Oxford and the Armada: The REAL Story


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The Question

The Spring 1996 Shakespeare Oxford Newsletter includes a quotation (p. 3) from the British actor Michael York pondering Hamlet's "To be or not to be" speech: "'Afterall (sic),' he added, 'it's the most famous speech in western literature. But what does it mean?'"

York said that, as an Oxfordian, such questions take on a whole new meaning for him. Having a real author in mind, with "real life" events to illuminate the text, meant that he could think of Hamlet/Oxford as a man who did literally "take arms against a sea of troubles" when he took to sea against the Armada in 1588. Actors always appreciate such insights, and he, as an actor, appreciated the extra meaning that such a line now yielded.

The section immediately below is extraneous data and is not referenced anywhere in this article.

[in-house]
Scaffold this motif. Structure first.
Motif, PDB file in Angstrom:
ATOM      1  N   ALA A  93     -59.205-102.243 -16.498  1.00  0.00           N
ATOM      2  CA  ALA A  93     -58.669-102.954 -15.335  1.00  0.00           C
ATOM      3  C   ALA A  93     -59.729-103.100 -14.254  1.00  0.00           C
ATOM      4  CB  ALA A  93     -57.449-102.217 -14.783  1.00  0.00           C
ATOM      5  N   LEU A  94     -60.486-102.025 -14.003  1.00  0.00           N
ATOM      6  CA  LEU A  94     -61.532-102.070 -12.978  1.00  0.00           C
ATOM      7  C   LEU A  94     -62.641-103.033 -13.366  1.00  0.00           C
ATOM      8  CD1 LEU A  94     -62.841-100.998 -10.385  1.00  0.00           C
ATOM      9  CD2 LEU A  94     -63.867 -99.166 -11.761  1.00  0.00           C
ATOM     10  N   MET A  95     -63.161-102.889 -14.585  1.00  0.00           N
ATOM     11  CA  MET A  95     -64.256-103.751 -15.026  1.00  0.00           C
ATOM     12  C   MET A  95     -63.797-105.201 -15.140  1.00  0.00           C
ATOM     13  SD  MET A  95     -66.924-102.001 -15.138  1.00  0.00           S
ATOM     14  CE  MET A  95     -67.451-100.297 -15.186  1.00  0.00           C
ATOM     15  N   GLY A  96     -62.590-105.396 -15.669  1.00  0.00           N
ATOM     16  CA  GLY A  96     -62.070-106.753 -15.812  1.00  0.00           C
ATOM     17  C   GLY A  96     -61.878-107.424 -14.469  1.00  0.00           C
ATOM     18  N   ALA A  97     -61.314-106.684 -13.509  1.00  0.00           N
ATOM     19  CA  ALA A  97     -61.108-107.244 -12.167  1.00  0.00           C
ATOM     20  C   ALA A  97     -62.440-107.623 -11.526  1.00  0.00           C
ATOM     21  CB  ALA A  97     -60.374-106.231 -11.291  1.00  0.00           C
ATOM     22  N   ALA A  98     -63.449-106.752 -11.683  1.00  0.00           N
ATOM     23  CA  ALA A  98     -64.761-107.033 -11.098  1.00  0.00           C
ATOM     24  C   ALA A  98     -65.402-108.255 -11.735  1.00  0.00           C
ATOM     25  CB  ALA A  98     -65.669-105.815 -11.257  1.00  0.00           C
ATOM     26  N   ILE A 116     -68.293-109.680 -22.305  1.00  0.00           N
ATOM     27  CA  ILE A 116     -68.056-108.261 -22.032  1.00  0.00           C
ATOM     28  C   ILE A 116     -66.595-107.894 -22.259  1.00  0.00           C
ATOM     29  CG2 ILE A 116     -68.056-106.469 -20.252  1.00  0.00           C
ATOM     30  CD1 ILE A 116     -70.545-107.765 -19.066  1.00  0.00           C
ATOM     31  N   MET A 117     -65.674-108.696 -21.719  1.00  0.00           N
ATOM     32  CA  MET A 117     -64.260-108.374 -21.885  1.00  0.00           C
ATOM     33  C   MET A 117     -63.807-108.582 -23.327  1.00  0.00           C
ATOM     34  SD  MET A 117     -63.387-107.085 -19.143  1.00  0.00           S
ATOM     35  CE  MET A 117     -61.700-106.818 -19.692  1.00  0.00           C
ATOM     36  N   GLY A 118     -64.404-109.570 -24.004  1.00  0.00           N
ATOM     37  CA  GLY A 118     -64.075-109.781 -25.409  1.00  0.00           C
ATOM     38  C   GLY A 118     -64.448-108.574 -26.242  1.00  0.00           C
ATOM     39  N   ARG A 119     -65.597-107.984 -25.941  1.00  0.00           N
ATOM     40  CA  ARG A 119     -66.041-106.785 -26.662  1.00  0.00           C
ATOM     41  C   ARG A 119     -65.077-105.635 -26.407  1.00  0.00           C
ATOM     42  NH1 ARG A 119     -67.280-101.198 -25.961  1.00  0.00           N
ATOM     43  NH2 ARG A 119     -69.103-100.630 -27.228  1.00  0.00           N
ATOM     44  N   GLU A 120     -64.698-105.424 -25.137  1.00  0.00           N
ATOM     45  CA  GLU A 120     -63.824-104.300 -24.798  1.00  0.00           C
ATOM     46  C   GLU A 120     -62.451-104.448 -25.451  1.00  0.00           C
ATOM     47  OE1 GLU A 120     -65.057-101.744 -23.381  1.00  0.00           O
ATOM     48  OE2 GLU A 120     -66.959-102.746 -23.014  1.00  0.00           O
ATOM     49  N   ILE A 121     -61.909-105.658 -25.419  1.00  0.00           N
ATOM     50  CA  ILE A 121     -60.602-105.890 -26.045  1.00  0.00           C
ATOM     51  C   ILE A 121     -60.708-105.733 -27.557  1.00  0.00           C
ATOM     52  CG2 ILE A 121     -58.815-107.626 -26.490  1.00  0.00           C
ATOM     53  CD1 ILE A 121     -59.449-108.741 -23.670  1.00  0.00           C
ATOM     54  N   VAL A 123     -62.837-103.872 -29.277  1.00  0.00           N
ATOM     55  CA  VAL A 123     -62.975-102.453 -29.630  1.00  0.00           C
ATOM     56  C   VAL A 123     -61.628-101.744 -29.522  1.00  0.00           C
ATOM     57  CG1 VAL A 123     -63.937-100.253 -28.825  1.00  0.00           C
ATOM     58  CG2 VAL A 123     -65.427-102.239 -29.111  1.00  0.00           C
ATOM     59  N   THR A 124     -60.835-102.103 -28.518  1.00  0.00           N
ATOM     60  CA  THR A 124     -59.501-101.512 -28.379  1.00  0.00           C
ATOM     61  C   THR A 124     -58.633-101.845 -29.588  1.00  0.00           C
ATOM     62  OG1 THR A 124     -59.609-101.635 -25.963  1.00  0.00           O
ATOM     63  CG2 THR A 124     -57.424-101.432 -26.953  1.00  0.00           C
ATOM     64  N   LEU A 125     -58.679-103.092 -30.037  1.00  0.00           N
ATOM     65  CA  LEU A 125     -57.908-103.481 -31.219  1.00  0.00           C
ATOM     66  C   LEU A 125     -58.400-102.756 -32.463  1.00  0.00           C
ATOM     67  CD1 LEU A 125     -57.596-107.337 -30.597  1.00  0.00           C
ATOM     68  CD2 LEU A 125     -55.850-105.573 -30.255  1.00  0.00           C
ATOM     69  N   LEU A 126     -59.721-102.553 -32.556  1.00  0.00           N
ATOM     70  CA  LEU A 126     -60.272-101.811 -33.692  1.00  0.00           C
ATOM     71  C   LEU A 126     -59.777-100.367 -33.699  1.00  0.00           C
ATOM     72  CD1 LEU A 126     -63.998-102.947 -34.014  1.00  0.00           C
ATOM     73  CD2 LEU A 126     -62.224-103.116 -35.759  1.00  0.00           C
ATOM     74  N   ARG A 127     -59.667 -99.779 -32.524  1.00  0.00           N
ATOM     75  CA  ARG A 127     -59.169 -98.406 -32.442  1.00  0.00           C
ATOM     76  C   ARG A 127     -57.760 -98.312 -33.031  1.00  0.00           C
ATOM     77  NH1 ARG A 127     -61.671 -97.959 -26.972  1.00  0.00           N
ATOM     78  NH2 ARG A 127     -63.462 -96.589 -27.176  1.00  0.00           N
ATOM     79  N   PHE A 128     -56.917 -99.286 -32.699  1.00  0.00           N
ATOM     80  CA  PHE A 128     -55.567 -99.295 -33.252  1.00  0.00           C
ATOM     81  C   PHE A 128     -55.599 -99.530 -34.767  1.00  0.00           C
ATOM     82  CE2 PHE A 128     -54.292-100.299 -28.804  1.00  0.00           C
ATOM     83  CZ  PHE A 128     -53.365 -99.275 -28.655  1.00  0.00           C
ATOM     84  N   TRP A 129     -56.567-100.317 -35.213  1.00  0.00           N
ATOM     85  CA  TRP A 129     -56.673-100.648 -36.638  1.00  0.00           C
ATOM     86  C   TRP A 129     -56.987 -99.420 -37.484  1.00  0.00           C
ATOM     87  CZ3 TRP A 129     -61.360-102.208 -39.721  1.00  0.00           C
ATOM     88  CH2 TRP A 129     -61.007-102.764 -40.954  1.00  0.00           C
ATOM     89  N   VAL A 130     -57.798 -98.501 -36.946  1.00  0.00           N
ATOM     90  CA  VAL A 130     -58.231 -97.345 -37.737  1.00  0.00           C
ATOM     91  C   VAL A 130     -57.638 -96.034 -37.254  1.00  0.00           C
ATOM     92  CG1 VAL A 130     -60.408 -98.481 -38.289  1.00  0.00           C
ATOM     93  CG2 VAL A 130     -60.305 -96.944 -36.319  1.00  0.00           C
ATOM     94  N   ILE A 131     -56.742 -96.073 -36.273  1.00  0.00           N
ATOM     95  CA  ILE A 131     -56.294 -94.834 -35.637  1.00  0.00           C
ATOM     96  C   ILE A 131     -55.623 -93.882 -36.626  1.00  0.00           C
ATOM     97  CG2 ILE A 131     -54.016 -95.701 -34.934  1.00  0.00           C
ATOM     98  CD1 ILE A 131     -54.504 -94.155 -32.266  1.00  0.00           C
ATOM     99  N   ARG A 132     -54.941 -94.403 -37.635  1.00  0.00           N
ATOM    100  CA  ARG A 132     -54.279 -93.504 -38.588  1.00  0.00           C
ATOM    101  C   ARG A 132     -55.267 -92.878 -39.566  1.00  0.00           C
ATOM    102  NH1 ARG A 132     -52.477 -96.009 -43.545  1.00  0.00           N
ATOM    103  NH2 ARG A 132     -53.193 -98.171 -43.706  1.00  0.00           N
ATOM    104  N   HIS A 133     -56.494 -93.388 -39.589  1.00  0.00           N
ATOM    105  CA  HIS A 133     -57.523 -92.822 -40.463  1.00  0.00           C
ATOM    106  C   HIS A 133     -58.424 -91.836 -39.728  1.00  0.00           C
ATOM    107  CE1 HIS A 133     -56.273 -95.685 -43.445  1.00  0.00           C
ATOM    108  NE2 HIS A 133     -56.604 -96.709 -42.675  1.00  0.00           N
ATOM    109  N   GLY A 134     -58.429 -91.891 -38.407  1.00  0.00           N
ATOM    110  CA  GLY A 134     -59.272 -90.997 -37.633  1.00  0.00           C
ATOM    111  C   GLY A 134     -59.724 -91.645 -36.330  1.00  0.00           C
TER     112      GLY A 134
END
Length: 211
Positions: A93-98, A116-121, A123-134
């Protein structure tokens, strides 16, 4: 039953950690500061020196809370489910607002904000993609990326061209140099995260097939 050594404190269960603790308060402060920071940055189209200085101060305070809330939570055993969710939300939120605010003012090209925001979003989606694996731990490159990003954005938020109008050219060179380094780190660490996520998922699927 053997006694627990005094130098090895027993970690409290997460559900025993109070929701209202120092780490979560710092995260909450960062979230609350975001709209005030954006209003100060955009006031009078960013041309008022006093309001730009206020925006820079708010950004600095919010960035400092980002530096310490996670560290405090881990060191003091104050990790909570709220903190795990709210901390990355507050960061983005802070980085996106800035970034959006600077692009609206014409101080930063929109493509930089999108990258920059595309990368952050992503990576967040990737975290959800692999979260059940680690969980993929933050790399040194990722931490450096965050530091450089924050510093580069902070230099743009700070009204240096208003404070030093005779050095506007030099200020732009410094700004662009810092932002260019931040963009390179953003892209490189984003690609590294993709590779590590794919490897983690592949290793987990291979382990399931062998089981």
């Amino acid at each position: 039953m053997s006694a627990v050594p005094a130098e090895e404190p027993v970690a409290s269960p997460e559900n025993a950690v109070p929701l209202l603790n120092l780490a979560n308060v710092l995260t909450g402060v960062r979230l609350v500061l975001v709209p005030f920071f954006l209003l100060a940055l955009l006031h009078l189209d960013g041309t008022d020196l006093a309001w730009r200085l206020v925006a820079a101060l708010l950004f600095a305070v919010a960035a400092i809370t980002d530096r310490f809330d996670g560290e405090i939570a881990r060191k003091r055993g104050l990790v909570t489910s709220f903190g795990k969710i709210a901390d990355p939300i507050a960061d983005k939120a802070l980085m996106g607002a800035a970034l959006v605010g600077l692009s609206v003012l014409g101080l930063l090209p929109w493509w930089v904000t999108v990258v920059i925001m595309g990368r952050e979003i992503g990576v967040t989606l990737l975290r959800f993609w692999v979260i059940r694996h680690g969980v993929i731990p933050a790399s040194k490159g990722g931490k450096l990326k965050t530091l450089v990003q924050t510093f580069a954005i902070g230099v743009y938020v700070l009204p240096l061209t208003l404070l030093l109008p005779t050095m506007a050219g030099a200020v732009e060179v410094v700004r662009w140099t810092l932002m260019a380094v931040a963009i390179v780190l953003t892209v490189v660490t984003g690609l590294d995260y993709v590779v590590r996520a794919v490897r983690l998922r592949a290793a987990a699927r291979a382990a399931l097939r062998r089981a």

The idea that Oxford saw action against the Armada may be traced to such biographers as Ward, who takes a contemporary ballad at face value (p. 291, note 1):

The graphic description of the Earl "standing on the hatches" with the Boar on his helmet "foaming for inward ire" conveys the impression that the ballad was written by someone who actually saw Oxford standing in full armour on the deck of his ship.

Is it, however, a fact that Oxford "did literally" take to sea against the Armada in 1588?

The Answer

It is literally a fact that Oxford did not take to sea (or to land) against the Armada. Instead, he behaved with such pique that for the next sixteen years he did not receive a single new vote from any fellow nobleman for the Order of the Garter.

The facts, as opposed to Oxfordian fictions, are these:

For questions concerning these pages please contact Alan H. Nelson at ahnelson@socrates.berkeley.edu